Court system of the People's Republic of China


Court system of the People's Republic of China

The Chinese court system is based on civil law, modeled after the legal systems of Germany and France.

Contents

System

High People's Court of the Province of Hubei

According to the Constitution of the People's Republic of China of 1982 and the Organic Law of the People's Courts that went into effect on January 1, 1980, the Chinese courts are divided into a four-level court system:

  • At the highest level is the Supreme People's Court in Beijing, the premier appellate forum of the land, which supervises the administration of justice by all subordinate "local" and "special" people's courts. It is the court of last resort for the whole People's Republic of China except for Macao and Hong Kong, which, as a Portuguese-descended civil law jurisdiction and British-descended common law jurisdiction, have separate judicial systems.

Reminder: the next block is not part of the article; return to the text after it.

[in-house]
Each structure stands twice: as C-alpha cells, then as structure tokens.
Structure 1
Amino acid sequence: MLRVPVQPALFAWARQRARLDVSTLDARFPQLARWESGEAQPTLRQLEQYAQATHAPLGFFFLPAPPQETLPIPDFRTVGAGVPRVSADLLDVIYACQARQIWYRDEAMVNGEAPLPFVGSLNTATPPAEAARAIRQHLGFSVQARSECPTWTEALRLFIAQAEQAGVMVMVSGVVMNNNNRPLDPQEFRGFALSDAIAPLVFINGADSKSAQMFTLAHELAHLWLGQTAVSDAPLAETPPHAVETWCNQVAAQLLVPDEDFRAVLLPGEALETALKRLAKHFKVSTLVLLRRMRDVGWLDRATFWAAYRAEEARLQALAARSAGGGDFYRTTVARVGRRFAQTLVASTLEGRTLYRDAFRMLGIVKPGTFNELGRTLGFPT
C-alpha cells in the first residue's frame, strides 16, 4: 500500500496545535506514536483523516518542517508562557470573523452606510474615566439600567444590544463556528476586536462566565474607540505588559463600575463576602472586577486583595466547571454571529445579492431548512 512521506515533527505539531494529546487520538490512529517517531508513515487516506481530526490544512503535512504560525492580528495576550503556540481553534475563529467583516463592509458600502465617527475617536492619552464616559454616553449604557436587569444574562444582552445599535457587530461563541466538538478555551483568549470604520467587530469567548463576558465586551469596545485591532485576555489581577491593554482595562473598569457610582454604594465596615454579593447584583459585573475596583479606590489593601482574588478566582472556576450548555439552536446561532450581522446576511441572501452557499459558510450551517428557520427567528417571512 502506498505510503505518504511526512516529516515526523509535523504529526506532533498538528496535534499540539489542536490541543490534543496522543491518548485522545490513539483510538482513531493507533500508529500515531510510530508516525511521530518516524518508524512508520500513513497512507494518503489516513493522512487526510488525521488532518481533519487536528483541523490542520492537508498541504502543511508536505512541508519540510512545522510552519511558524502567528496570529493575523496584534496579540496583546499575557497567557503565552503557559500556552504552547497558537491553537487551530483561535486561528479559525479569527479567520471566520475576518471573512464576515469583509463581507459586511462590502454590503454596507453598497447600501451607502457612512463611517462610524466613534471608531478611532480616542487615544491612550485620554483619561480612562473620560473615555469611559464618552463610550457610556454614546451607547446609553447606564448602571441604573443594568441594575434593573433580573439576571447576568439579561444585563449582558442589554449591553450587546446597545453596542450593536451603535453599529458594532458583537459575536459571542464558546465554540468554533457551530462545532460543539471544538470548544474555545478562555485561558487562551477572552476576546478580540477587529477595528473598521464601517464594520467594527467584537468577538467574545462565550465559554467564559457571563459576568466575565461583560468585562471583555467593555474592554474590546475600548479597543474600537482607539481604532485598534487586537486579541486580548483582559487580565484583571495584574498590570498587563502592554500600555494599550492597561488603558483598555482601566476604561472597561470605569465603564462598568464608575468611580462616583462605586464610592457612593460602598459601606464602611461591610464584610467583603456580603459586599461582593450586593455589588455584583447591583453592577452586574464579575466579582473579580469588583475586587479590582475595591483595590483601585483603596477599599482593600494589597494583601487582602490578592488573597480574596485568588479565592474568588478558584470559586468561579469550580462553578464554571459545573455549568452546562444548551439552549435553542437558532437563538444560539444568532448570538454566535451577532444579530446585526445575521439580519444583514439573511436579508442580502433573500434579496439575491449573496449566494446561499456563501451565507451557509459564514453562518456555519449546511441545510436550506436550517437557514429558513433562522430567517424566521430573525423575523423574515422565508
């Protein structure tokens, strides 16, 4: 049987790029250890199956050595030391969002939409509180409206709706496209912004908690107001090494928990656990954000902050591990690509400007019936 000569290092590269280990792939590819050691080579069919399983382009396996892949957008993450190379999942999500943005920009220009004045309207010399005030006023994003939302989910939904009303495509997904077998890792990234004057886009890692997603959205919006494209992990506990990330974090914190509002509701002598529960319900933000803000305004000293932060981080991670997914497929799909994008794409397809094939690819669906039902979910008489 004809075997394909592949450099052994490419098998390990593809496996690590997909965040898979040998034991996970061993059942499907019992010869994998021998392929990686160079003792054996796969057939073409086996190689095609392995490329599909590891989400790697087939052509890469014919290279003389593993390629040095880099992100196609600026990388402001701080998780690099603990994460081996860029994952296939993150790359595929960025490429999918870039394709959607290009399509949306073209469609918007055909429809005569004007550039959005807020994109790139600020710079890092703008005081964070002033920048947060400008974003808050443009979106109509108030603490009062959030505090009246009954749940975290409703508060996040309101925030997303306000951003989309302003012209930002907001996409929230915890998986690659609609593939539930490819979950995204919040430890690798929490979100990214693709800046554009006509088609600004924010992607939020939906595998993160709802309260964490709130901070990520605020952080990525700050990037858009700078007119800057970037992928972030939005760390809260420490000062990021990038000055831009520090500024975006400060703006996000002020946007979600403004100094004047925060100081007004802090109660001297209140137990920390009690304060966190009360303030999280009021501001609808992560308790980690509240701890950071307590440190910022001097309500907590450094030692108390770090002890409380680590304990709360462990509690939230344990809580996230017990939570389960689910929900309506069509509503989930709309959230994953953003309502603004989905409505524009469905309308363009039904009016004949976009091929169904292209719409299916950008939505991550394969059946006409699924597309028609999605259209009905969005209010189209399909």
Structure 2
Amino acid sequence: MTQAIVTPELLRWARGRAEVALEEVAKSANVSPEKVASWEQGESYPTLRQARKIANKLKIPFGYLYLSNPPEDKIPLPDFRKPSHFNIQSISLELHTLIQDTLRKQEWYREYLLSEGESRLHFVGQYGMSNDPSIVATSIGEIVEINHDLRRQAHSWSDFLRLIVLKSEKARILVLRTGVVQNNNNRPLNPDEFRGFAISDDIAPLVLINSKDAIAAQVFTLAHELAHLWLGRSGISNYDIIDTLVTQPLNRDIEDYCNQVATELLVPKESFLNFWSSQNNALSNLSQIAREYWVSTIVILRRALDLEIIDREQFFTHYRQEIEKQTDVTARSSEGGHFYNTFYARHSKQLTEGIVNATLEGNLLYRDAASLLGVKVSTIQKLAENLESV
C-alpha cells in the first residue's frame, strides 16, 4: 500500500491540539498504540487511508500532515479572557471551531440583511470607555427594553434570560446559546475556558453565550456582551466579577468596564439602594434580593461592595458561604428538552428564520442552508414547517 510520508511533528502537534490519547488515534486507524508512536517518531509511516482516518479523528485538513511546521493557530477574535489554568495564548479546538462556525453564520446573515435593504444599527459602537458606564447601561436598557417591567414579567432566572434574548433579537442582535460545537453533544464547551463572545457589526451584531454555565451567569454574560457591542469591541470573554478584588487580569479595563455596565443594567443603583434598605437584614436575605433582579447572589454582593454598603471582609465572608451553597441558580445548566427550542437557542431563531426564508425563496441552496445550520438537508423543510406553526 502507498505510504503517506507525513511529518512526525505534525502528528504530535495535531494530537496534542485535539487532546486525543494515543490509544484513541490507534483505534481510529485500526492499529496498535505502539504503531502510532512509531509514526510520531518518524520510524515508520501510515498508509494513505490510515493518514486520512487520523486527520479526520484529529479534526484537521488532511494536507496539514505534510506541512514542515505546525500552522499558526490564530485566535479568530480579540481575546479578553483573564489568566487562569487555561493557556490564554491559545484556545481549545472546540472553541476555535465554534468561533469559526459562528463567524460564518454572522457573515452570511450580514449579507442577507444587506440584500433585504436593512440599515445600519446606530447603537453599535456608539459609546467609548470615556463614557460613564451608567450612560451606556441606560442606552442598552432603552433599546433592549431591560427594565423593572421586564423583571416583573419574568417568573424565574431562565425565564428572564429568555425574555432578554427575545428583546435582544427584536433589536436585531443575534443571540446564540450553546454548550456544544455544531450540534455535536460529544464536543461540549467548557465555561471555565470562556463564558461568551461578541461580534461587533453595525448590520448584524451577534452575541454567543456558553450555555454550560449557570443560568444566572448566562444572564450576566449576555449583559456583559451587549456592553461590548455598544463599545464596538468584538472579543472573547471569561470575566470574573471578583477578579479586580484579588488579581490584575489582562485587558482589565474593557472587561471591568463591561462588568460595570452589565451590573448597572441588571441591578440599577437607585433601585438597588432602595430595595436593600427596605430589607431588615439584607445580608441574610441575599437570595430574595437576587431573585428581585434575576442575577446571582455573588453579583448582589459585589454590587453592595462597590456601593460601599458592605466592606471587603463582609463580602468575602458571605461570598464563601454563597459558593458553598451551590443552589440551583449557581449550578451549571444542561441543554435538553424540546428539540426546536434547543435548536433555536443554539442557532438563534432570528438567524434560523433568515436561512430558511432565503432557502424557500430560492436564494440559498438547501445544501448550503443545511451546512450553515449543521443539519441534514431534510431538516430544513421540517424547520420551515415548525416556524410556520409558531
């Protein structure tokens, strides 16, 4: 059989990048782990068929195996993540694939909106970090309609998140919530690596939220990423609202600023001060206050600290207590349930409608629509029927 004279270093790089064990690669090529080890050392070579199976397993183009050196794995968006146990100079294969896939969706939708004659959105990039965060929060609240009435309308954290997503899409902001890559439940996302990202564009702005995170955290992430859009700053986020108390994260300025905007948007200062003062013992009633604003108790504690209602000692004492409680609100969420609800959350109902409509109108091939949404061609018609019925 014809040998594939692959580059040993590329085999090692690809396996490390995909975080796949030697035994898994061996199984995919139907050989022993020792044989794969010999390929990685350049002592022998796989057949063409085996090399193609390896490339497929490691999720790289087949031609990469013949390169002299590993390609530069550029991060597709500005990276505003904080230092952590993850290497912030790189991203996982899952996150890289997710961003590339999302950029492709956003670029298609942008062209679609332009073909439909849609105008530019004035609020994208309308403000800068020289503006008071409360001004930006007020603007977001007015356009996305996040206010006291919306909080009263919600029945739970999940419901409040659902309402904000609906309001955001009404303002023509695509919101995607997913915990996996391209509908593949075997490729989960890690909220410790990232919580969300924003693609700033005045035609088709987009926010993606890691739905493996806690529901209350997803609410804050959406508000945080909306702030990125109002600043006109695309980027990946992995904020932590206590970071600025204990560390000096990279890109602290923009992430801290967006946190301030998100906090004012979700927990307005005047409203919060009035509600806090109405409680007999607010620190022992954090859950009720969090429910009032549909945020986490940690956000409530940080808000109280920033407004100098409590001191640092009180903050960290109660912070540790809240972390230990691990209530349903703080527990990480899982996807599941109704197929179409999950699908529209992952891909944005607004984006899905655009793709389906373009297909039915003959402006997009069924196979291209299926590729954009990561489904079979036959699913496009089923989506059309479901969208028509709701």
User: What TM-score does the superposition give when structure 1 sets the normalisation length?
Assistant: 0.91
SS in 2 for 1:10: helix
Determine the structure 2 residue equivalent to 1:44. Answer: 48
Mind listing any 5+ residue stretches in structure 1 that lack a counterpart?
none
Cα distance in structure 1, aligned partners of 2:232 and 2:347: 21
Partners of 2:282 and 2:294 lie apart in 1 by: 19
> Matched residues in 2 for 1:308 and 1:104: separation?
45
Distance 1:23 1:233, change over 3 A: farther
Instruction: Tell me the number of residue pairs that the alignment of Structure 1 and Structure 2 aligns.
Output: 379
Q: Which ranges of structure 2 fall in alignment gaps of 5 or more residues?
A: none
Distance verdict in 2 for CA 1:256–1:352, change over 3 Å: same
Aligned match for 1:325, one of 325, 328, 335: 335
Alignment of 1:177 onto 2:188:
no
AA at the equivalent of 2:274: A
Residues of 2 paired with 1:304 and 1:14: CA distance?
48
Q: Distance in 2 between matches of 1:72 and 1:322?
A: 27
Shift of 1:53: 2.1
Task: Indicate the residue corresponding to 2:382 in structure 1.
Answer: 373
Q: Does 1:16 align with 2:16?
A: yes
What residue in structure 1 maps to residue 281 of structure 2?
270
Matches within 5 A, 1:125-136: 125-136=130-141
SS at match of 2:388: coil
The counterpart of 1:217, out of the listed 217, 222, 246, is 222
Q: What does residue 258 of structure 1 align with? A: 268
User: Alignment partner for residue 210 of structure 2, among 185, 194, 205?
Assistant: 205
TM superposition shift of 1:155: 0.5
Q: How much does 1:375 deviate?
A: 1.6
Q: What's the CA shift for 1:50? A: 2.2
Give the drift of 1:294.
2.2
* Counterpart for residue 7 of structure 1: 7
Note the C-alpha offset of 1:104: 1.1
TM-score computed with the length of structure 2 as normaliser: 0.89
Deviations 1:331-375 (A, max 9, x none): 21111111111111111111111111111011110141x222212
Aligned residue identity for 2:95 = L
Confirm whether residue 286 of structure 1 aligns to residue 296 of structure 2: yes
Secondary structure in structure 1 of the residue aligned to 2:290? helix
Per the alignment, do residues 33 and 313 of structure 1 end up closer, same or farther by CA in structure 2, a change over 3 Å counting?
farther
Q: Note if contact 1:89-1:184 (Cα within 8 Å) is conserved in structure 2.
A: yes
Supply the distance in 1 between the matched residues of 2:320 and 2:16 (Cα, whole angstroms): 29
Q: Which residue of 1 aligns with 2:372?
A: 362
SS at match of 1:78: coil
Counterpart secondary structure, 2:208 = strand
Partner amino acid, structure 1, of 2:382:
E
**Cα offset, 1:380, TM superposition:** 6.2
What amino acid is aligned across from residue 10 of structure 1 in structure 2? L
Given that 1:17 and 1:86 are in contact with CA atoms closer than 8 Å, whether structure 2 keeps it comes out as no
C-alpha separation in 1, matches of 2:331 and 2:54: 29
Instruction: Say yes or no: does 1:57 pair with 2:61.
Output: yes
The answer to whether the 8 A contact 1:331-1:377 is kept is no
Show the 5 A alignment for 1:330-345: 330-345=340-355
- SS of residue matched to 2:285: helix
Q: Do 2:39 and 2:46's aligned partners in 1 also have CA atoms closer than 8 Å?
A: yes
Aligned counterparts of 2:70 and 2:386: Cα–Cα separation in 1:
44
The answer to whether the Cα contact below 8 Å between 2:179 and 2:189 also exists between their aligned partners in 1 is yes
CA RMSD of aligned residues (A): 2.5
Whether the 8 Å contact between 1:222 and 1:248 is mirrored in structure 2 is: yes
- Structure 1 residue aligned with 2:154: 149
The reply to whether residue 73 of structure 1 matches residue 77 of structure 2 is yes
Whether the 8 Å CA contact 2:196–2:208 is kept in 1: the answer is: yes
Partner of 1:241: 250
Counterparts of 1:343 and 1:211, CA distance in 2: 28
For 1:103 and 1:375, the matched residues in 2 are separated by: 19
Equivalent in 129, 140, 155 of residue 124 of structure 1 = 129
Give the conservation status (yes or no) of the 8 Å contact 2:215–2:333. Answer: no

• Local people's courts—the courts of the first instance—handle criminal and civil cases. These people's courts make up the remaining three levels of the court system and consist of "high people's courts" at the level of the provinces, autonomous regions, and special municipalities; "intermediate people's courts" at the level of prefectures, autonomous prefectures, and municipalities; and "basic people's courts" at the level of autonomous counties, towns, and municipal districts.

The court system is paralleled by a hierarchy of prosecuting offices called people's procuratorates, the highest being the Supreme People's Procuratorate.

Hong Kong and Macau have separate court systems.

History of court structure and process